June 7, 2016 Leave a comment
You can access the full blog post via this link.
Personal Reflections on Public Diplomacy and Place/Nation Branding
May 11, 2016 Leave a comment
In my second post on the Place Brand Observer, I looked at place branding as an academic discipline. I was quite glad to see that the post already generated some discussion on the Observer’s Facebook Page. In the post, I also present my views on what it means to be (or not to be) a discipline. You can access the full blog post here.
April 8, 2016 Leave a comment
As of last month, I started contributing to the Place Brand Observer as an Academic Observer. Basically, this is a sixth month journey during which I will blog about current research trends in the field of place branding.
My first post was on my favorite topic: measurement. I am amazed by how little we know about place brand measurement (-actually any kind of strategic communication measurement). More often than not, our ignorance is caused by the fact that we are not sure what we should be measuring.
Technically social sciences present us a multitude (myriad?) of tools to measure anything we want from public opinion to policy performance. Yet, within the complex structure of social life and communication – in this specific example place branding – it is difficult to isolate the impacts of what we are intentionally doing. Let me present a basic example. Even if we decide place brands mean the associations that come to people’s minds when a place is named, how can we be sure that these associations are the results of our communication (branding) campaigns? These perceptions might be caused by personal experiences, influenced by friends, or completely changed by news.
I wrote about my views on how we can create a better measurement system in my post. You can find the full-text of the post at this link (redirects you to PlaceBrandObserver.com, a free website).
January 12, 2016 Leave a comment
Recently, I was invited to be a panelist at a public diplomacy panel at Galatasaray University. Together with Phil Seib of USC, Asli Sancar and Dilruba Catalbas Urper of Galatarasay University, we discussed the state of Turkish public diplomacy. My talk focused on the gap between the study and practice of public diplomacy in the country. Below you can find a summary of my talk.
September 23, 2015 Leave a comment
Currently, I am working on a research project on “digital” diplomacy. I will keep using my beloved quotation marks until I find a better concept to describe what I am doing without resorting to another instance of neologism.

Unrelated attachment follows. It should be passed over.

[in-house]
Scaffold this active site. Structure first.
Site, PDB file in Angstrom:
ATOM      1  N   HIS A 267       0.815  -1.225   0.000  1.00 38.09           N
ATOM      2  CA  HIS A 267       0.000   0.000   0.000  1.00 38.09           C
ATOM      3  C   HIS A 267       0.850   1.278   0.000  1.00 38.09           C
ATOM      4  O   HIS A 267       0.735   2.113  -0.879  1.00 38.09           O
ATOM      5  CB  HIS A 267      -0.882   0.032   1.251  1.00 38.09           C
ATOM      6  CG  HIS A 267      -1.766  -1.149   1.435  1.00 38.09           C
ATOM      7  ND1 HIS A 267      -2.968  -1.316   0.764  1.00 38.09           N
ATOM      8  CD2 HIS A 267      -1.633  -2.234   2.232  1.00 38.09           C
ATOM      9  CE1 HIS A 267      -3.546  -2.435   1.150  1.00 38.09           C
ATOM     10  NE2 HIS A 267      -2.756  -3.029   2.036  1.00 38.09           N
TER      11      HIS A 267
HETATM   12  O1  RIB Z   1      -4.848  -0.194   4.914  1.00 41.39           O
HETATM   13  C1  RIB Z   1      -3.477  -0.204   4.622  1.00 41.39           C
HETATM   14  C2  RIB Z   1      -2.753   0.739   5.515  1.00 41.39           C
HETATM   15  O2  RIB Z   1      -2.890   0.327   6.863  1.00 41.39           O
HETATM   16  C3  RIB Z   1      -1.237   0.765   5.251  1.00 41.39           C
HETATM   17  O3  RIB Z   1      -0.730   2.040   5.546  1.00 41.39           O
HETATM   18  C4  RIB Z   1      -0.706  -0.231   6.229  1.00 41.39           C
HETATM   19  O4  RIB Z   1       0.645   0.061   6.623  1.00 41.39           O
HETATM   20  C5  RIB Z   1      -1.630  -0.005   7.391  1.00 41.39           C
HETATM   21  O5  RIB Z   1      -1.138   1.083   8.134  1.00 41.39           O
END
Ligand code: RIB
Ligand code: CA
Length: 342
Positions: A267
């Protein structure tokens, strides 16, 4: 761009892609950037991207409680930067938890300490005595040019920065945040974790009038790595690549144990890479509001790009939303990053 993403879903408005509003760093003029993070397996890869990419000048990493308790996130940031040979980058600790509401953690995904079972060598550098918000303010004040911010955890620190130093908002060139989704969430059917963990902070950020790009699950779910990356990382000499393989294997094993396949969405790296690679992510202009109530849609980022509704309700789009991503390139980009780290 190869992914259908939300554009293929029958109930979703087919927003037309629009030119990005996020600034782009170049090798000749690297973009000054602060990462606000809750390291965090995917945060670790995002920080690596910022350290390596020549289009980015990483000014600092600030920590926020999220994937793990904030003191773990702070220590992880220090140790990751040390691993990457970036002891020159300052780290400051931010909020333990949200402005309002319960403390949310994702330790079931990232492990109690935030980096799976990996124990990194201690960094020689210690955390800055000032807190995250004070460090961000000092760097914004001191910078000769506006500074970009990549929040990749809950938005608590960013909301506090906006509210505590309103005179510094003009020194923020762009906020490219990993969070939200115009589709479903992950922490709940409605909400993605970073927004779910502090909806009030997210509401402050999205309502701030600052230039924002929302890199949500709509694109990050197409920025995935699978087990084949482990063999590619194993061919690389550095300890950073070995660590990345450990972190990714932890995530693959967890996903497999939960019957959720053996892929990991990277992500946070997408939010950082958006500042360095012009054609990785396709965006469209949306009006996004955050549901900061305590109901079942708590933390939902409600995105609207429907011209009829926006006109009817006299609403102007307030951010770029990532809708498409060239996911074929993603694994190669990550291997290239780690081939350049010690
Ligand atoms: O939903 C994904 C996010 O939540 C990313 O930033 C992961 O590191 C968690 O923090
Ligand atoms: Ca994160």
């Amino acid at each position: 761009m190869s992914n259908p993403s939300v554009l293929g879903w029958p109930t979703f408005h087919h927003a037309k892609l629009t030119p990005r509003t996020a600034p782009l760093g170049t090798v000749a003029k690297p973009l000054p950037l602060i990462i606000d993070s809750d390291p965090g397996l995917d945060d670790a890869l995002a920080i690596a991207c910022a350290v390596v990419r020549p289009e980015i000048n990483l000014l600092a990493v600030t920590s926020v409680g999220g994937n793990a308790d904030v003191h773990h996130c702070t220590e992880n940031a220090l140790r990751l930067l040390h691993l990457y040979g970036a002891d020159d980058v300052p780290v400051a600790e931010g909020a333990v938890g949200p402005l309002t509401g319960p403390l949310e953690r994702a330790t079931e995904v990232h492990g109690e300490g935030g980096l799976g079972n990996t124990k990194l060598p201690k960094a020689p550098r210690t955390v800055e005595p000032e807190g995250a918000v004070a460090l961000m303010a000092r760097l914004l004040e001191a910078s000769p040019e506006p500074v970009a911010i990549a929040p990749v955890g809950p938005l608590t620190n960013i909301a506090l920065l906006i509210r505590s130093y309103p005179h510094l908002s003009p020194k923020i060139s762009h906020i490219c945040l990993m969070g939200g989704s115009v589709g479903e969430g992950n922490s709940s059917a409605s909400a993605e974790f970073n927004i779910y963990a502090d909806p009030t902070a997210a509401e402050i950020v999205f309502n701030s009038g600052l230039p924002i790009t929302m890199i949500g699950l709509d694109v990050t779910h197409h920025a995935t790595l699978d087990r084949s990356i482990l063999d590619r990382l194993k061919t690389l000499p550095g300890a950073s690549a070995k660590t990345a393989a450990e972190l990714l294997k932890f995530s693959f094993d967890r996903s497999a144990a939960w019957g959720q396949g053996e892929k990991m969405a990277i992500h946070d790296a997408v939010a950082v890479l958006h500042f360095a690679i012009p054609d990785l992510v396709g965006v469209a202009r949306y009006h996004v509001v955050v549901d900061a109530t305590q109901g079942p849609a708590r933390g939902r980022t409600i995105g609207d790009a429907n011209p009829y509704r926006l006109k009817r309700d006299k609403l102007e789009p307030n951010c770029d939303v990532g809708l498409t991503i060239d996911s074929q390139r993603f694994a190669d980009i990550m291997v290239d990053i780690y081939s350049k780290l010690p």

Basically, I am still arguing that any kind of hyphenated diplomacy is still diplomacy. Let it be public diplomacy or nation branding or digital diplomacy, at the end of the day, we are looking at the same old traditional diplomatic processes such as recognition and signaling. In Traditional Meets Digital, I am exploring how these processes might take place within the digital media landscape. In more concrete things, I am trying to find the equivalents of diplomatic practices – such as alliance formation and power projection – on Twitter. Why Twitter? Well, because (i) everybody is on Twitter, (ii) Twitter is a ‘directed’ social network (i.e. I can follow you without you following me, whereas in most other social networks, we need to mutually be “friends”), and (iii) Twitter gives us great data!
Here are some preliminary visuals and a dynamic graph from the research:
May 25, 2015 Leave a comment
As I argued in my previous post, I have a problem with the way Passport Index ranks the ‘power’ of passports. Passport Index practically counts each and every country as equal and ranks the passports based on how many visa-free travel opportunities they provide. However, I believe a better measurement of passport power requires two more dimensions:
Finally, I found a dataset that has 189 countries (dataset belongs to Lawson & Lemke) and combined it with World Bank’s international tourism arrival numbers. Guess who has the most powerful passport?
April 17, 2015 1 Comment
If you have been on any kind of social media platform during the last couple of weeks, you must have seen the new “Passport Index” that ranks each and every passport in the world according to their power – or according to how many visa-free travel opportunities they provide to their holder. But my own travel experience (and obsession with proper measurement techniques) make me wonder whether “visa-free travel opportunity” is a suitable way to assess the power of a passport. Is there a better way to capture the power of a passport? (Hint: The answer is yes. This is why I am writing this blog post.)